Volume 1 Supplement 1

Proceedings of the First International Cilia in Development and Disease Scientific Conference (2012)

Open Access

Screening ciliopathy genes in the model organism Trypanosoma brucei

Cilia20121(Suppl 1):P81

https://doi.org/10.1186/2046-2530-1-S1-P81

Published: 16 November 2012

We have carried out a bioinformatics study to search for novel proteins of the flagellum/cilium. A total of 26 candidate hypothetical genes were established from previously published studies including a flagellar proteome [1] and an RNAi study of motility mutants of Trypanosoma brucei [2]. All candidates are predicted to have orthologues in the human genome, the dysregulation of which is associated with or predicted to be involved in at least one ciliopathy. The protozoan parasite T. brucei is a well established experimental model to study defects in flagellum assembly and function. In this project we will confirm that the proteins from the candidate genes are localised to the flagellum or basal body by GFP-tagging. The function of each will be assessed using inducible RNAi methods and in future work will involve taking the work forward into human cell lines for some candidate genes to see if we can reproduce the same phenotype in the cilia of human cells.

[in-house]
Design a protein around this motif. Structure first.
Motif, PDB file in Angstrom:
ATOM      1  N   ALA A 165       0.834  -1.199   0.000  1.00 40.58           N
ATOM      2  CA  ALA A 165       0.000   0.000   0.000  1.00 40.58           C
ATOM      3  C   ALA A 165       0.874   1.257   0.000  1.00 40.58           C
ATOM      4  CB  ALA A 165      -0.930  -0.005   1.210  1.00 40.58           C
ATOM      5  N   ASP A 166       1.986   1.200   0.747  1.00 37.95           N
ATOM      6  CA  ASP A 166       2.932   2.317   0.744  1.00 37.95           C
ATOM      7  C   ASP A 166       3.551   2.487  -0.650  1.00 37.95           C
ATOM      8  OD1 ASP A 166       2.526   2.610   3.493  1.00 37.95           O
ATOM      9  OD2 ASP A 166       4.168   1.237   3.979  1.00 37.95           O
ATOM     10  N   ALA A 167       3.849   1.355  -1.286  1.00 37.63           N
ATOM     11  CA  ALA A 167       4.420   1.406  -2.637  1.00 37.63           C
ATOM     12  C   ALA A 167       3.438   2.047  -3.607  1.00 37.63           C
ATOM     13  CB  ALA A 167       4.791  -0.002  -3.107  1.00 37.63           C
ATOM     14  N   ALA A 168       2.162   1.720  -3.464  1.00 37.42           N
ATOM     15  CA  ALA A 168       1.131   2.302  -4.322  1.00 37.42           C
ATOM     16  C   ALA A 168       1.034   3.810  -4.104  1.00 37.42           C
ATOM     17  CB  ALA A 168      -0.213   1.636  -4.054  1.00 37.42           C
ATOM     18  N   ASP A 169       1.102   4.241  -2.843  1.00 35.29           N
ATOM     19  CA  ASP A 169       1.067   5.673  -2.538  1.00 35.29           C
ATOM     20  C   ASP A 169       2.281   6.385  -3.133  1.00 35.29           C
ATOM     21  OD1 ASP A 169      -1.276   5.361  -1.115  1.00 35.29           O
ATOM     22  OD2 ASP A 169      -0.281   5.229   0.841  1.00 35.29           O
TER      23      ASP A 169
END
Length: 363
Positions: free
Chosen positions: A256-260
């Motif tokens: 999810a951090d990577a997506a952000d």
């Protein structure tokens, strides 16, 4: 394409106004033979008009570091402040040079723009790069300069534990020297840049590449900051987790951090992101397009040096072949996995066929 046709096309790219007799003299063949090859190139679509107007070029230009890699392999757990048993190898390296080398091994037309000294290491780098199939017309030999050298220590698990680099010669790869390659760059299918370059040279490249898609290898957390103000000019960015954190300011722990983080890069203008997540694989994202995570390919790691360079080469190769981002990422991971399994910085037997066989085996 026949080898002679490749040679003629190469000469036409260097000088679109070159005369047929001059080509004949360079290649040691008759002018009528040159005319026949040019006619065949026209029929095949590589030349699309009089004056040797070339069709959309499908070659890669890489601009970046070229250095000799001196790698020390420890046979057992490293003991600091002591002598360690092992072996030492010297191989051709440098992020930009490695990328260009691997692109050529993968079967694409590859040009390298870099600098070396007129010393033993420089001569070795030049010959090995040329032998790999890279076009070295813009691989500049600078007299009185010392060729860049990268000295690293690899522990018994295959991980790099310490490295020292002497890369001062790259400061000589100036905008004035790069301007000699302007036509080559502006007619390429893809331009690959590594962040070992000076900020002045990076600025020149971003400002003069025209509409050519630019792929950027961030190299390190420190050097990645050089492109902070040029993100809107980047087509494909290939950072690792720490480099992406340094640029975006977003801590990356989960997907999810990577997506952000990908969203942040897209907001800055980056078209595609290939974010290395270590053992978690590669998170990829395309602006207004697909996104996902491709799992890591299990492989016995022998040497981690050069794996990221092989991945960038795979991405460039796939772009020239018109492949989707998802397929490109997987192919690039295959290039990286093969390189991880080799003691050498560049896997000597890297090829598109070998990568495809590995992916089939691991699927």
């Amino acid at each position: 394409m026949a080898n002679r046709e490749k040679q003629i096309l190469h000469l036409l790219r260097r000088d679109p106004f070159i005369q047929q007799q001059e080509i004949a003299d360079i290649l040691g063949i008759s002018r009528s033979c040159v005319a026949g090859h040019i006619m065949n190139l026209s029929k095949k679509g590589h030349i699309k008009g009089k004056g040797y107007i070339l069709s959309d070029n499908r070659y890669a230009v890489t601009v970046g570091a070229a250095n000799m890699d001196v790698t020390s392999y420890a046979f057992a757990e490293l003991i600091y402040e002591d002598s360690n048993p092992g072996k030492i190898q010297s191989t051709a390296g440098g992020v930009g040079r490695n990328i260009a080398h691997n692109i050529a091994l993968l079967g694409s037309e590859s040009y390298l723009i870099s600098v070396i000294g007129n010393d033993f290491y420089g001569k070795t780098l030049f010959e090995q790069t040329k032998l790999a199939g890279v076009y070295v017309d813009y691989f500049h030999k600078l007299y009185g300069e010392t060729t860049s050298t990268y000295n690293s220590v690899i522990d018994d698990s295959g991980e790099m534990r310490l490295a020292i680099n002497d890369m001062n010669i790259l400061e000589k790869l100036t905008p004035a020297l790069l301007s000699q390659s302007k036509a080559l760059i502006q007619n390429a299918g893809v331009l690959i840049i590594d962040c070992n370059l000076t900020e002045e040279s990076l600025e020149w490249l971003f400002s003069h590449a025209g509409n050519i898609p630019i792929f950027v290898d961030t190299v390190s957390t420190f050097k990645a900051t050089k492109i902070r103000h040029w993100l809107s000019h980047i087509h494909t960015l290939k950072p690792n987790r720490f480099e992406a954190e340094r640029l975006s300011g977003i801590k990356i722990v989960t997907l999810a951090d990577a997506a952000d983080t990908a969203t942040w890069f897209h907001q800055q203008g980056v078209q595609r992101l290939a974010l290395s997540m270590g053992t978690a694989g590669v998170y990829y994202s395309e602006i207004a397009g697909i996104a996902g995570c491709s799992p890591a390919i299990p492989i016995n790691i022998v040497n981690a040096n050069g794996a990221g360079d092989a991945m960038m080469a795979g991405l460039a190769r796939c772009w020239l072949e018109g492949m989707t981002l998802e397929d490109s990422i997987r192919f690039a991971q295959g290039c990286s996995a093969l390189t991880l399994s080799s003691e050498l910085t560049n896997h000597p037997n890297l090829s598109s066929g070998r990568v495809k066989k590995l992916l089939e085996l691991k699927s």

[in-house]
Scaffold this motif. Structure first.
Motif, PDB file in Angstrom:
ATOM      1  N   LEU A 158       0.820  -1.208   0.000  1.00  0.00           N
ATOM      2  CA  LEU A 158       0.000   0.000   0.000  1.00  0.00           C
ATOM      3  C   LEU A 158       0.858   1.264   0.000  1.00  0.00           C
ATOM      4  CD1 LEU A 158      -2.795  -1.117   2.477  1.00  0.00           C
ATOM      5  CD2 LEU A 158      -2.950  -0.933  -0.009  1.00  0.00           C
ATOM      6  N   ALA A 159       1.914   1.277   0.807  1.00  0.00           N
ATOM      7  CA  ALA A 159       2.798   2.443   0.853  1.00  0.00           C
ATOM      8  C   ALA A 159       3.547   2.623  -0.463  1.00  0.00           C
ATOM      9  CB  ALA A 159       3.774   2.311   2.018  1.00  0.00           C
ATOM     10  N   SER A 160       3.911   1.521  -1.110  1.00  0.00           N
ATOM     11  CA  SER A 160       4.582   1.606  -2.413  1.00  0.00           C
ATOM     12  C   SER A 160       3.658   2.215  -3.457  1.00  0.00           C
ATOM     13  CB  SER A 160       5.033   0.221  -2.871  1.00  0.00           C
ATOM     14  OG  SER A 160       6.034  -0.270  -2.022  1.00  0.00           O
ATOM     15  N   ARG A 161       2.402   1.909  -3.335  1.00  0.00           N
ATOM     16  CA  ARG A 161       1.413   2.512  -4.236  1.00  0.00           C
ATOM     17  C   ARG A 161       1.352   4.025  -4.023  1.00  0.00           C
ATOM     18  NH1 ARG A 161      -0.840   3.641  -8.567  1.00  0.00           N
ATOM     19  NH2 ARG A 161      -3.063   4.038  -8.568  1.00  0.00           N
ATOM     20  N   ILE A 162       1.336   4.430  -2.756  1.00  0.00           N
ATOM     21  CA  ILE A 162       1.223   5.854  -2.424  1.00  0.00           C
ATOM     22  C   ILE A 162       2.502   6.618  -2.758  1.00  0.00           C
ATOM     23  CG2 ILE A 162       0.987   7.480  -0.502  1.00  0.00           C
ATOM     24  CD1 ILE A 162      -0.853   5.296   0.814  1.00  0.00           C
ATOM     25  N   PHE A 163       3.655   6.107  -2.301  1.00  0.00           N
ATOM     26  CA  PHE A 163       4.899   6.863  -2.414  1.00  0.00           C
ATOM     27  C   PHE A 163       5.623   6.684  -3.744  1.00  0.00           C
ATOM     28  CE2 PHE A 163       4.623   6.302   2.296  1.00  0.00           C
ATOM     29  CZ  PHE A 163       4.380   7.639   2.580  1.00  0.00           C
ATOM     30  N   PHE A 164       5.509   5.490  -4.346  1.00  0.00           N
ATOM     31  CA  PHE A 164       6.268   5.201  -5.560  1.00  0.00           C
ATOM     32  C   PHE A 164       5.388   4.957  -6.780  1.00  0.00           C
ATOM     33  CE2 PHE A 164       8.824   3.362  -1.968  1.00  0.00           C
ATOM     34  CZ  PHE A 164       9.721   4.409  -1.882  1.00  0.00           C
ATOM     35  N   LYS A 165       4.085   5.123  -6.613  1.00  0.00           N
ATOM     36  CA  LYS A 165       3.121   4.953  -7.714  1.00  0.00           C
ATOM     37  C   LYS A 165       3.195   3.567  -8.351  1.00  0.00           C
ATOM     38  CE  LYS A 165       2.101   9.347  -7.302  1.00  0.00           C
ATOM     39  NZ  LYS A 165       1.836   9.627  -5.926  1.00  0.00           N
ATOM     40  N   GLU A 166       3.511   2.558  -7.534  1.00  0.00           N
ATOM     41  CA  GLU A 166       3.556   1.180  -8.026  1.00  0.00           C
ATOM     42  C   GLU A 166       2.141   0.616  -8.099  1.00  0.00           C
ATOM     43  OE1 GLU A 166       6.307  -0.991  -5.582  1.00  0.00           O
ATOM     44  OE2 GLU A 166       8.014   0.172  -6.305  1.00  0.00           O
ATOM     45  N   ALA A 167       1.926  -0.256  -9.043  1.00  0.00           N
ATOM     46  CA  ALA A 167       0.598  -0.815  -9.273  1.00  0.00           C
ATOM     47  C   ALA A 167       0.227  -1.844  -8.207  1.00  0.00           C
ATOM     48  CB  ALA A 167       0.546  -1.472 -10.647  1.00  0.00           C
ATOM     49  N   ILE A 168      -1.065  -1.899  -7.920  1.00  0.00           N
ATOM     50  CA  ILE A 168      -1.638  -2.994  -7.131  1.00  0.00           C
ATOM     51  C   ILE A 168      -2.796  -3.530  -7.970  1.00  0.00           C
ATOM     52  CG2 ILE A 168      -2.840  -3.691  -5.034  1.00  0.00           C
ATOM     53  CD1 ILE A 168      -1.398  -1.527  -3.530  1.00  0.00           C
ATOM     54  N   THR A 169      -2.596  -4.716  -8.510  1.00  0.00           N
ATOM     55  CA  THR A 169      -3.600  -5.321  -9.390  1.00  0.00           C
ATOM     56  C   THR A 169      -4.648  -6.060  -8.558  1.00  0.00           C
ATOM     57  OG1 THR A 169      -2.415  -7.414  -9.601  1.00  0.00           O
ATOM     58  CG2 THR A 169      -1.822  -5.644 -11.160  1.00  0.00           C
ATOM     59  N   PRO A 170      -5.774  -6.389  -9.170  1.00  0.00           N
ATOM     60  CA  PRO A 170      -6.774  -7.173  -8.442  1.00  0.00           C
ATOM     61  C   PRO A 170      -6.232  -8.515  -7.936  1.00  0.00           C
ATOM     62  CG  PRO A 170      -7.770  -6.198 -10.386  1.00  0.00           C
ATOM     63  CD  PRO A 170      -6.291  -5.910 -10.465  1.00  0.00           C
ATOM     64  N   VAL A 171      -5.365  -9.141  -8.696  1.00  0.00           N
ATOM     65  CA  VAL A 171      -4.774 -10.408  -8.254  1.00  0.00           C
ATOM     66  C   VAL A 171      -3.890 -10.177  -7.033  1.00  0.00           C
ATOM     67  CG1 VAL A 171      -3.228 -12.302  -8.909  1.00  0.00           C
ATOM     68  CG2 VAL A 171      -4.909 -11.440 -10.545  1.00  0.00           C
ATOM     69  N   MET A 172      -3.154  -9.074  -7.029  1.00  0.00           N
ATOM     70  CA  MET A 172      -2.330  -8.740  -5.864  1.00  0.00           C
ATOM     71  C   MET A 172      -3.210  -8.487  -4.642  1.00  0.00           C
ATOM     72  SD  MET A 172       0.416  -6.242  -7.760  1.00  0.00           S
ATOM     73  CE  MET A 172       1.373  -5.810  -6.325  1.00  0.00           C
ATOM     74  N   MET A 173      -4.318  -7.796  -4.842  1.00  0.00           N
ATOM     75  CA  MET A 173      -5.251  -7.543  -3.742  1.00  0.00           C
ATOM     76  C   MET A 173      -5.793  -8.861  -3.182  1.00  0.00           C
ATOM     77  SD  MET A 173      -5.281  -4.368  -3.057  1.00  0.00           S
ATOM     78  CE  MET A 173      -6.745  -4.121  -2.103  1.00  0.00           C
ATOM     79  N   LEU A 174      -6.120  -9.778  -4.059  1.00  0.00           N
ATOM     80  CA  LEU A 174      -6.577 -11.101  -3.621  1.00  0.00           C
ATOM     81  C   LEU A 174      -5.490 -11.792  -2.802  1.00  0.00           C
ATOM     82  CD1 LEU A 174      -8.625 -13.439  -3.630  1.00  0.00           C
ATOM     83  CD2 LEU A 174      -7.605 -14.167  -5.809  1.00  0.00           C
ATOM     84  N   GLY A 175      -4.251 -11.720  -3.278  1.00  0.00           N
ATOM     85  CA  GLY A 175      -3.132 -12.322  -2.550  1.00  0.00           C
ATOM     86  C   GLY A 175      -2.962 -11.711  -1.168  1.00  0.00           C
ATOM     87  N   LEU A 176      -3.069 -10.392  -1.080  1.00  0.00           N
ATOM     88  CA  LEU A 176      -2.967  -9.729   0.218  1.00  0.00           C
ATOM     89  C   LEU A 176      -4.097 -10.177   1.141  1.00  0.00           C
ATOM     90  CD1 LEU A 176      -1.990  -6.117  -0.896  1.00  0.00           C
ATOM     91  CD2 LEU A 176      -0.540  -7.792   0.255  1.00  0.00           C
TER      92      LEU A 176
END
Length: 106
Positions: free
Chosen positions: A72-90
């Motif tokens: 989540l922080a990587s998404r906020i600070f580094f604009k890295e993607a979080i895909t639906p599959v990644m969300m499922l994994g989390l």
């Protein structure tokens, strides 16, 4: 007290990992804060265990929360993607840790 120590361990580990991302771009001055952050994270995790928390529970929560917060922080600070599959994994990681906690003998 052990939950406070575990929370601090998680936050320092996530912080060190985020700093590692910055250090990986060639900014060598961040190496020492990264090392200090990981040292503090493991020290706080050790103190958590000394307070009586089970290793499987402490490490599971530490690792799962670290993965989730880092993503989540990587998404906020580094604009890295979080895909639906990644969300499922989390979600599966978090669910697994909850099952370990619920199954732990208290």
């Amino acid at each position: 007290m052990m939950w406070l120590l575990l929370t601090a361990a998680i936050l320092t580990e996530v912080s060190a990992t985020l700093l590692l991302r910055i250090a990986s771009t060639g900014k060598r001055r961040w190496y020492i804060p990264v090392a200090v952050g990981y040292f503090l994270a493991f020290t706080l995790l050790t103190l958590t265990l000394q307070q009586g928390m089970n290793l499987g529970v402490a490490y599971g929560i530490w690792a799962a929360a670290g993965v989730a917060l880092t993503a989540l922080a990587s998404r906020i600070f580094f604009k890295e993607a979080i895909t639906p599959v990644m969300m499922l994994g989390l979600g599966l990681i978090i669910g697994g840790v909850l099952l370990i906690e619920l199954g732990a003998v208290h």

Authors’ Affiliations

(1)
Oxford Brookes University

References

  1. Broadhead R, Dawe HR, et al: Flagellar motility is required for the viability of the bloodstream trypanosome. Nature. 2006, 440 (7081): 224-227. 10.1038/nature04541.View ArticlePubMedGoogle Scholar
  2. Baron DM, Ralston KS, et al: Functional genomics in Trypanosoma brucei identifies evolutionarily conserved components of motile flagella. J Cell Sci. 2007, 120 (Pt 3): 478-491.View ArticlePubMedGoogle Scholar

Copyright

© Barry et al; licensee BioMed Central Ltd. 2012

This article is published under license to BioMed Central Ltd. This is an Open Access article distributed under the terms of the Creative Commons Attribution License (http://creativecommons.org/licenses/by/2.0), which permits unrestricted use, distribution, and reproduction in any medium, provided the original work is properly cited.

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